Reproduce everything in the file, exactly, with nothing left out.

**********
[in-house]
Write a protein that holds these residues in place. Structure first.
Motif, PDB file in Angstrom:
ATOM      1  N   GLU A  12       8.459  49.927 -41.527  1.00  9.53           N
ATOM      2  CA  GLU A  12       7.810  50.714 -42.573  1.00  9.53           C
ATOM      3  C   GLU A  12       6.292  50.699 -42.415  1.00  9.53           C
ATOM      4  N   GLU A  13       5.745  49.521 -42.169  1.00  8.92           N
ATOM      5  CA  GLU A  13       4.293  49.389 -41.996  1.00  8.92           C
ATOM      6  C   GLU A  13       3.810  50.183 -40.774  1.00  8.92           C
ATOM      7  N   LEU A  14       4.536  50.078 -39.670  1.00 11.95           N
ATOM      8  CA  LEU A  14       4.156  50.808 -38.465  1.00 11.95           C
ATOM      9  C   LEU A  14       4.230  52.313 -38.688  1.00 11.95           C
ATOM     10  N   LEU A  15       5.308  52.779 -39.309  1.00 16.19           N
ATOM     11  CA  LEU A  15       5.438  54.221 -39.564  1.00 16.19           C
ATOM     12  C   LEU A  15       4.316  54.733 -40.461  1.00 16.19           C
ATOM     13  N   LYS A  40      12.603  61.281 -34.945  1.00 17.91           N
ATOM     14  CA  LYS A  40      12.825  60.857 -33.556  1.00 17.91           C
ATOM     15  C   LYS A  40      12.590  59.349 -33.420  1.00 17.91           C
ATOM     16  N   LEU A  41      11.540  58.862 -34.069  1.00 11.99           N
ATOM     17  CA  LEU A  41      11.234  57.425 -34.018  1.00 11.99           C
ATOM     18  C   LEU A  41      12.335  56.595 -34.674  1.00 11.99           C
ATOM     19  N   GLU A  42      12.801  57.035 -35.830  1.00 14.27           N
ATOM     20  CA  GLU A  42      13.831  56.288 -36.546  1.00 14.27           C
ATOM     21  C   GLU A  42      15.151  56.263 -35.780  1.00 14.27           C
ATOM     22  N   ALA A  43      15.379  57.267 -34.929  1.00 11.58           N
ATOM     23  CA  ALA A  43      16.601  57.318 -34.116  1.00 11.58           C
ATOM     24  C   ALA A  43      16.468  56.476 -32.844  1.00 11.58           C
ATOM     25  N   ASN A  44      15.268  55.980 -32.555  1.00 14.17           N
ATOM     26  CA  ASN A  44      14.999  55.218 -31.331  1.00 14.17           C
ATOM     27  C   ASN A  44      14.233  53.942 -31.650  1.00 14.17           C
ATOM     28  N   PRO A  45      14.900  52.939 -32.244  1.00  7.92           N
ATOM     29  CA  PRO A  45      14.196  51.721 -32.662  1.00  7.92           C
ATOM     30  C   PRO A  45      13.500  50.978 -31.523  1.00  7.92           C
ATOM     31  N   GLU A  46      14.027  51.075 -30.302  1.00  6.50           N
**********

[in-house]
Write a protein that holds these residues in place. Structure first.
Motif, PDB file in Angstrom:
ATOM      1  N   GLU A  12       8.459  49.927 -41.527  1.00  9.53           N
ATOM      2  CA  GLU A  12       7.810  50.714 -42.573  1.00  9.53           C
ATOM      3  C   GLU A  12       6.292  50.699 -42.415  1.00  9.53           C
ATOM      4  N   GLU A  13       5.745  49.521 -42.169  1.00  8.92           N
ATOM      5  CA  GLU A  13       4.293  49.389 -41.996  1.00  8.92           C
ATOM      6  C   GLU A  13       3.810  50.183 -40.774  1.00  8.92           C
ATOM      7  N   LEU A  14       4.536  50.078 -39.670  1.00 11.95           N
ATOM      8  CA  LEU A  14       4.156  50.808 -38.465  1.00 11.95           C
ATOM      9  C   LEU A  14       4.230  52.313 -38.688  1.00 11.95           C
ATOM     10  N   LEU A  15       5.308  52.779 -39.309  1.00 16.19           N
ATOM     11  CA  LEU A  15       5.438  54.221 -39.564  1.00 16.19           C
ATOM     12  C   LEU A  15       4.316  54.733 -40.461  1.00 16.19           C
ATOM     13  N   LYS A  40      12.603  61.281 -34.945  1.00 17.91           N
ATOM     14  CA  LYS A  40      12.825  60.857 -33.556  1.00 17.91           C
ATOM     15  C   LYS A  40      12.590  59.349 -33.420  1.00 17.91           C
ATOM     16  N   LEU A  41      11.540  58.862 -34.069  1.00 11.99           N
ATOM     17  CA  LEU A  41      11.234  57.425 -34.018  1.00 11.99           C
ATOM     18  C   LEU A  41      12.335  56.595 -34.674  1.00 11.99           C
ATOM     19  N   GLU A  42      12.801  57.035 -35.830  1.00 14.27           N
ATOM     20  CA  GLU A  42      13.831  56.288 -36.546  1.00 14.27           C
ATOM     21  C   GLU A  42      15.151  56.263 -35.780  1.00 14.27           C
ATOM     22  N   ALA A  43      15.379  57.267 -34.929  1.00 11.58           N
ATOM     23  CA  ALA A  43      16.601  57.318 -34.116  1.00 11.58           C
ATOM     24  C   ALA A  43      16.468  56.476 -32.844  1.00 11.58           C
ATOM     25  N   ASN A  44      15.268  55.980 -32.555  1.00 14.17           N
ATOM     26  CA  ASN A  44      14.999  55.218 -31.331  1.00 14.17           C
ATOM     27  C   ASN A  44      14.233  53.942 -31.650  1.00 14.17           C
ATOM     28  N   PRO A  45      14.900  52.939 -32.244  1.00  7.92           N
ATOM     29  CA  PRO A  45      14.196  51.721 -32.662  1.00  7.92           C
ATOM     30  C   PRO A  45      13.500  50.978 -31.523  1.00  7.92           C
ATOM     31  N   GLU A  46      14.027  51.075 -30.302  1.00  6.50           N